Is It Alzheimer’s?
How do you tell the difference between typical memory loss and early signs of Alzheimer’s disease? To get started answering that question, take a look at the guideline below from the National Institute on Aging (NIA) to recognize some of the early signs of Alzheimer’s:
Of course, as we age, we all occasionally misplace the house keys or forget the name of our neighbor. Those kinds of memory lapses are not surprising in older adults. But if answered yes to any of the above questions, you should consider seeing a doctor.
How the doctor can help
A checkup for memory loss may include:
Of course, there’s no cure for Alzheimer’ but that doesn’t mean there’s no help. Doctors manage the disease through the use of support groups, physical and mental activities and medications.
Alzheimer’s disease and normal aging: a comparison
Frequently making poor decisions
Making poor decisions every once in a while
Difficulty handling monthly bills
Sometimes forgetting a payment
Losing track of the day or time of year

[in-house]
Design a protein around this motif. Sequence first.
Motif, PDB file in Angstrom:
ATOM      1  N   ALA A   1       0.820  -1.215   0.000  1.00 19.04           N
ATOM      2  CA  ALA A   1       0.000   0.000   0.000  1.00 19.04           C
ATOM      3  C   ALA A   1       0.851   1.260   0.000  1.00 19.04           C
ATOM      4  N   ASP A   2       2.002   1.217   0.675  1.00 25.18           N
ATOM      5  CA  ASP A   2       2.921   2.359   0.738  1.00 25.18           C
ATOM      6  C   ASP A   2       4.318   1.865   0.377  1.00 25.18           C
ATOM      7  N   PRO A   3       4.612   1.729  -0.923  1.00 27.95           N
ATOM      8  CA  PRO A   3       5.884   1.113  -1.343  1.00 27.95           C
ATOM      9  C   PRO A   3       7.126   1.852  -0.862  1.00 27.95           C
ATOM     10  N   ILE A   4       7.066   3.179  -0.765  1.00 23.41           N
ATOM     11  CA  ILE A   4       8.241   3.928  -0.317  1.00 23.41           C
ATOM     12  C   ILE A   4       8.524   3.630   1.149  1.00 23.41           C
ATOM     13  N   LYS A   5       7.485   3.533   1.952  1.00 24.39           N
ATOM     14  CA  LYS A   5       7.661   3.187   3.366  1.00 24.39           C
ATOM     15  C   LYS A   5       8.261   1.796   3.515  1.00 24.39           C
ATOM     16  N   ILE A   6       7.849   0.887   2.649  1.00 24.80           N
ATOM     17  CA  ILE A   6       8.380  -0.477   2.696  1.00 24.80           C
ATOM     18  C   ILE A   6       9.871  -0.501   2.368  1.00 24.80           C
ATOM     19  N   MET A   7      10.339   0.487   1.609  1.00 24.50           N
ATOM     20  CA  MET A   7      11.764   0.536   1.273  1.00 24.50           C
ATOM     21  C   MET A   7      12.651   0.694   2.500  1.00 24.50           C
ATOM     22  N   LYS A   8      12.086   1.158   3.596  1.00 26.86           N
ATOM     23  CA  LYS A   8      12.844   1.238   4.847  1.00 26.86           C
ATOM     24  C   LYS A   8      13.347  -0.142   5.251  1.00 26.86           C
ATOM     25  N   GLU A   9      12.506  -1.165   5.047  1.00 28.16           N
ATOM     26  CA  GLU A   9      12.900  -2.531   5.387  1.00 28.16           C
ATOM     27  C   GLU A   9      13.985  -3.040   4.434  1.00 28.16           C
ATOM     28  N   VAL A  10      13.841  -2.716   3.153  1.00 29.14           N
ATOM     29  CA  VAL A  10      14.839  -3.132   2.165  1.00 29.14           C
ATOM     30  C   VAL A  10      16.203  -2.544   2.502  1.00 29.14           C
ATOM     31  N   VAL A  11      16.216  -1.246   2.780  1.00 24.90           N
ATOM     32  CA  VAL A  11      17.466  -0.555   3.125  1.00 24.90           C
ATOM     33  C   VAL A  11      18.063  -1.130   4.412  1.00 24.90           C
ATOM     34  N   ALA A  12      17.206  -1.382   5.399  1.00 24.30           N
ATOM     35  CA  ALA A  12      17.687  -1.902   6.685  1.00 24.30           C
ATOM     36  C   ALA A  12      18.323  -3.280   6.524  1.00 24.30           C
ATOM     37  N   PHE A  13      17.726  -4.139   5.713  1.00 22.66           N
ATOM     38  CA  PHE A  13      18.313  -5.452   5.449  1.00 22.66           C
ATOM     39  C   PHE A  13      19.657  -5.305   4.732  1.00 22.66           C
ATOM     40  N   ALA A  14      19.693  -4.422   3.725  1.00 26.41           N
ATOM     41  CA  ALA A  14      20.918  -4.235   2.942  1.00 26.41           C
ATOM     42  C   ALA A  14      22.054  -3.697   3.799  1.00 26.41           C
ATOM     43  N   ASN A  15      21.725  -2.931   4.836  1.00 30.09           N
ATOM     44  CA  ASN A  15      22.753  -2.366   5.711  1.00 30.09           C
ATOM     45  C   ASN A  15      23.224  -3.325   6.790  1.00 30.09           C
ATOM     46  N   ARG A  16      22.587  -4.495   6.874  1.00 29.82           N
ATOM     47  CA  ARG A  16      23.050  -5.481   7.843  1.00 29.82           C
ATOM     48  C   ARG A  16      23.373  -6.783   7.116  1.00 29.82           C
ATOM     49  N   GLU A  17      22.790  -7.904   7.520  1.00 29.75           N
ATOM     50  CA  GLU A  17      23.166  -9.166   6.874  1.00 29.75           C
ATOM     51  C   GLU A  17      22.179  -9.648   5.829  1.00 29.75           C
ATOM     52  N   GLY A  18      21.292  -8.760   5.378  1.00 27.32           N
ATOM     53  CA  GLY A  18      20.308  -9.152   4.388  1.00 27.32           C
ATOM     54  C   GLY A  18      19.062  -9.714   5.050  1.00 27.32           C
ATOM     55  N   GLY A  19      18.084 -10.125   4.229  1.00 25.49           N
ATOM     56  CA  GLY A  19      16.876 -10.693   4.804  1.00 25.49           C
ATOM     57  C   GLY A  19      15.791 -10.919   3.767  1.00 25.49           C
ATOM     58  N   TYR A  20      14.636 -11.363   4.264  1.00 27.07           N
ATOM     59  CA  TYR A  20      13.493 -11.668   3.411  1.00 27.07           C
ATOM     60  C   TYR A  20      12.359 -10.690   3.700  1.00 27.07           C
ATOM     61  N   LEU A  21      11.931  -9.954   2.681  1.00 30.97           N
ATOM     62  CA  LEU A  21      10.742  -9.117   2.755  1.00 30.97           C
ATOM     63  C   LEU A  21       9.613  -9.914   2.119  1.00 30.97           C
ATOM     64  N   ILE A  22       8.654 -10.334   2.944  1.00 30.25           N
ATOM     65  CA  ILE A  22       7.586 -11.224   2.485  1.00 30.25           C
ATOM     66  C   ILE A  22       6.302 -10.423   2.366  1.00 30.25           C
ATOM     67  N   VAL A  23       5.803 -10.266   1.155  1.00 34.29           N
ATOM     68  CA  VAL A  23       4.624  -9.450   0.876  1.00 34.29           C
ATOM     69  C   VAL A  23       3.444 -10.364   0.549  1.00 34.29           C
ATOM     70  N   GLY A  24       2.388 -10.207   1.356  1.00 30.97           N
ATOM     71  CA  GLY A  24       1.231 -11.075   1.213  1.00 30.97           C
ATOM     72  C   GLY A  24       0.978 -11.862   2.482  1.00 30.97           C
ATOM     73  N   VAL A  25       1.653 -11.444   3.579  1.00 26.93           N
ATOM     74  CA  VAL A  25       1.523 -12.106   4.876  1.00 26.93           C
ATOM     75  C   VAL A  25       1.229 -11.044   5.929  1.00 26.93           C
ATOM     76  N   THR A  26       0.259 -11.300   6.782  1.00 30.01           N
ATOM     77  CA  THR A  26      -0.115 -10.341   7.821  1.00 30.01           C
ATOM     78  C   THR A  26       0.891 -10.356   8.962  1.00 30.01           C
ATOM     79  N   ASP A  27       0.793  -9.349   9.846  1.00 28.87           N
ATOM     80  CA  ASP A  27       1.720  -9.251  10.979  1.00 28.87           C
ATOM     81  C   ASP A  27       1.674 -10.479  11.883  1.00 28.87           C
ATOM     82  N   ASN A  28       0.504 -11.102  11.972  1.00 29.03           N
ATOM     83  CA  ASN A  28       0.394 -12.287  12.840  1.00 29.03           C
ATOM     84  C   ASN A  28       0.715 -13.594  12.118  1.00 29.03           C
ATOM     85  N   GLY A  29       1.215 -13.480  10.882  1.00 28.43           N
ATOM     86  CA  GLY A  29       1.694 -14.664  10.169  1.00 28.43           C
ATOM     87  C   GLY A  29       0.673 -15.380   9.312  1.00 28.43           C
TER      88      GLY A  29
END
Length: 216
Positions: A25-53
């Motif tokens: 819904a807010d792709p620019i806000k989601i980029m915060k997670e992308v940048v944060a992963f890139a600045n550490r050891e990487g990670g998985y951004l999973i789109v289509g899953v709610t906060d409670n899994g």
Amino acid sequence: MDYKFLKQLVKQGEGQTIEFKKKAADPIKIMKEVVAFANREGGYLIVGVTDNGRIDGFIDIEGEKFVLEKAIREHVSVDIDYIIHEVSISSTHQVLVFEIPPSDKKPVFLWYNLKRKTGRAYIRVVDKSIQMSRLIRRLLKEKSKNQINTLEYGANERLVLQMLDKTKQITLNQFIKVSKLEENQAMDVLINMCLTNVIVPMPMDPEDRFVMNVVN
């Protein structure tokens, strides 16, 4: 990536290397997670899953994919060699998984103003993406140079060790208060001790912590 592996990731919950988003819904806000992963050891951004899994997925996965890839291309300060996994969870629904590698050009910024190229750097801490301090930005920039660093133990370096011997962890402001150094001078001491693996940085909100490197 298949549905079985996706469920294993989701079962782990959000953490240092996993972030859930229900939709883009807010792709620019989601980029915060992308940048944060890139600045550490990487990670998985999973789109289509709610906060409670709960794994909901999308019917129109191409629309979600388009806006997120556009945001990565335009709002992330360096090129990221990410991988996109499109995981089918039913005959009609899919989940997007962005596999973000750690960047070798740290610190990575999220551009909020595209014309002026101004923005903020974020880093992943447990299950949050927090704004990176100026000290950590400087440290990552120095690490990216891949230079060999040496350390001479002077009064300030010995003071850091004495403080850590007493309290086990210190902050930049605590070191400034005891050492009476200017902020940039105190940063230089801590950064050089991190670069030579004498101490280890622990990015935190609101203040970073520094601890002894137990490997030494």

Occasionally forgetting what day it is
Having a hard time talking to others
Sometimes forgetting the right word
Frequently losing items or putting them in odd locations
Losing items from time to time
Can you improve your memory? Yes!
Some memory problems can be helped. Try these activities:
It’s not always Alzheimer’s
If you’re having trouble remember things, that doesn’t mean it’s Alzheimer’s. Memory loss can also be caused by medication side effects, vitamin B12 deficiency, tumors, infections or blood clots in the brain and other reasons. Reach out to your doctor if you’re concerned about your memory. And if you haven’t had your annual wellness exam, this might be a good time to schedule it.
Most recent update: 1/4/2018
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